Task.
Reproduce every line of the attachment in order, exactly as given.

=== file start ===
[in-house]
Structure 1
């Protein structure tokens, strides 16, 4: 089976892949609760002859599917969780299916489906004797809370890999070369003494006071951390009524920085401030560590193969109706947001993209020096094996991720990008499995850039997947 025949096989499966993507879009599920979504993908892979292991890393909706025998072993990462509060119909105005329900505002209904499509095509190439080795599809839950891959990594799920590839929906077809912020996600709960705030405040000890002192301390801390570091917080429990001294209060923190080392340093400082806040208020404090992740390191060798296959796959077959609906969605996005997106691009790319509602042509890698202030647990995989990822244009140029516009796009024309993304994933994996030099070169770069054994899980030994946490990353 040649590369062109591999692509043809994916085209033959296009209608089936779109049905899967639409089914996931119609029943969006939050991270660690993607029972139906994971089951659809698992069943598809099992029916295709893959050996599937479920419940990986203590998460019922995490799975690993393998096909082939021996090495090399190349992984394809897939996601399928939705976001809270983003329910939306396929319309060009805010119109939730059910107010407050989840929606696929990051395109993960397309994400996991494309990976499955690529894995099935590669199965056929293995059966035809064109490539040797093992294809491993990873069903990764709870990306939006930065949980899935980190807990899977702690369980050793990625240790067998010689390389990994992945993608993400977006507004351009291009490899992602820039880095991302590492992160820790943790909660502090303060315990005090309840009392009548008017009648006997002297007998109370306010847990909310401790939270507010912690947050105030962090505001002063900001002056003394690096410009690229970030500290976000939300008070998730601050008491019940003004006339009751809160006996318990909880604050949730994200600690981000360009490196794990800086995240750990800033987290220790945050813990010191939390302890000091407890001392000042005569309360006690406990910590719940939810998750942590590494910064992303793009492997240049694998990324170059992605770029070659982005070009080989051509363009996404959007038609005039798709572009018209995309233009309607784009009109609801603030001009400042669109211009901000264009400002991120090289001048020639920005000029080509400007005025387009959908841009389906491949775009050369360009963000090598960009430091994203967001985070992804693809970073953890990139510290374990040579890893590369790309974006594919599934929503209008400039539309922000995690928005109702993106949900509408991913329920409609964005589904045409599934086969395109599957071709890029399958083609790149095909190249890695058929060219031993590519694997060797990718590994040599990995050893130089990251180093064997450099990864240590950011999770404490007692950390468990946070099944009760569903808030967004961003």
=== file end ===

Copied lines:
[in-house]
Structure 1
């Protein structure tokens, strides 16, 4: 089976892949609760002859599917969780299916489906004797809370890999070369003494006071951390009524920085401030560590193969109706947001993209020096094996991720990008499995850039997947 025949096989499966993507879009599920979504993908892979292991890393909706025998072993990462509060119909105005329900505002209904499509095509190439080795599809839950891959990594799920590839929906077809912020996600709960705030405040000890002192301390801390570091917080429990001294209060923190080392340093400082806040208020404090992740390191060798296959796959077959609906969605996005997106691009790319509602042509890698202030647990995989990822244009140029516009796009024309993304994933994996030099070169770069054994899980030994946490990353 040649590369062109591999692509043809994916085209033959296009209608089936779109049905899967639409089914996931119609029943969006939050991270660690993607029972139906994971089951659809698992069943598809099992029916295709893959050996599937479920419940990986203590998460019922995490799975690993393998096909082939021996090495090399190349992984394809897939996601399928939705976001809270983003329910939306396929319309060009805010119109939730059910107010407050989840929606696929990051395109993960397309994400996991494309990976499955690529894995099935590669199965056929293995059966035809064109490539040797093992294809491993990873069903990764709870990306939006930065949980899935980190807990899977702690369980050793990625240790067998010689390389990994992945993608993400977006507004351009291009490899992602820039880095991302590492992160820790943790909660502090303060315990005090309840009392009548008017009648006997002297007998109370306010847990909310401790939270507010912690947050105030962090505001002063900001002056003394690096410009690229970030500290976000939300008070998730601050008491019940003004006339009751809160006996318990909880604050949730994200600690981000360009490196794990800086995240750990800033987290220790945050813990010191939390302890000091407890001392000042005569309360006690406990910590719940939810998750942590590494910064992303793009492997240049694998990324170059992605770029070659982005070009080989051509363009996404959007038609005039798709572009018209995309233009309607784009009109609801603030001009400042669109211009901000264009400002991120090289001048020639920005000029080509400007005025387009959908841009389906491949775009050369360009963000090598960009430091994203967001985070992804693809970073953890990139510290374990040579890893590369790309974006594919599934929503209008400039539309922000995690928005109702993106949900509408991913329920409609964005589904045409599934086969395109599957071709890029399958083609790149095909190249890695058929060219031993590519694997060797990718590994040599990995050893130089990251180093064997450099990864240590950011999770404490007692950390468990946070099944009760569903808030967004961003």